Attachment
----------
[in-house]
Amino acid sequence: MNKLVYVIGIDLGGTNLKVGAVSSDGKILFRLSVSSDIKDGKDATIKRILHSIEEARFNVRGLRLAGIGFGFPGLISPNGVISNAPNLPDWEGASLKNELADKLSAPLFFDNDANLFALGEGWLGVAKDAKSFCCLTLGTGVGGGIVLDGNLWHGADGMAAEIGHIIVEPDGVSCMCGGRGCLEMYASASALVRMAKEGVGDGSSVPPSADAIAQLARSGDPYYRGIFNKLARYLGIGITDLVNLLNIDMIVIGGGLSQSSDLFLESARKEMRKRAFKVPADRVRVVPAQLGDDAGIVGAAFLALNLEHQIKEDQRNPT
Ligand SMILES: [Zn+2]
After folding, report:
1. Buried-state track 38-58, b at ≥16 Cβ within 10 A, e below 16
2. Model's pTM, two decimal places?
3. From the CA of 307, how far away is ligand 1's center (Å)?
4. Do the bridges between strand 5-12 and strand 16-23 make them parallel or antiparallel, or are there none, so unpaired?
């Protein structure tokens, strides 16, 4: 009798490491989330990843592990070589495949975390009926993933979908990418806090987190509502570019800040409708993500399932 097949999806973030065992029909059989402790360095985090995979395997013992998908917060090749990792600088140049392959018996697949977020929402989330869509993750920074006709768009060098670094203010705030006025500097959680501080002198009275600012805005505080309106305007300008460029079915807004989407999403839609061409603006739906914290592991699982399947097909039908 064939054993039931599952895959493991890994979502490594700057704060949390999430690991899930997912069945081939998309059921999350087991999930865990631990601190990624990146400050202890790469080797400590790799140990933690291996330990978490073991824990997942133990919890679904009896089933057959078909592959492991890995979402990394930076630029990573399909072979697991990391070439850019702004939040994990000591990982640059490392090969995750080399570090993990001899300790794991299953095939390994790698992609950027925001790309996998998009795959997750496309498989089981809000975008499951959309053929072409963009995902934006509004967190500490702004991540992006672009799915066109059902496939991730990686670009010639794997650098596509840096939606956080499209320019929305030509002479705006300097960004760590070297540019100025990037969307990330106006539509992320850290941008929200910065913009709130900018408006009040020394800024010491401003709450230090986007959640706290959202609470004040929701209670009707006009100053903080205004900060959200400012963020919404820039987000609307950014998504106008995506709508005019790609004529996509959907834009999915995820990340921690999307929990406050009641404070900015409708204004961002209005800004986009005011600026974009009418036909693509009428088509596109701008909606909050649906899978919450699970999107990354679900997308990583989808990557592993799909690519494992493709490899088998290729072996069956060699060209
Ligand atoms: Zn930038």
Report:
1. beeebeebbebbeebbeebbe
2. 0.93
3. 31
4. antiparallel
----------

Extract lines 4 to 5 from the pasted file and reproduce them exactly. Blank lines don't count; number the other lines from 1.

After folding, report:
1. Buried-state track 38-58, b at ≥16 Cβ within 10 A, e below 16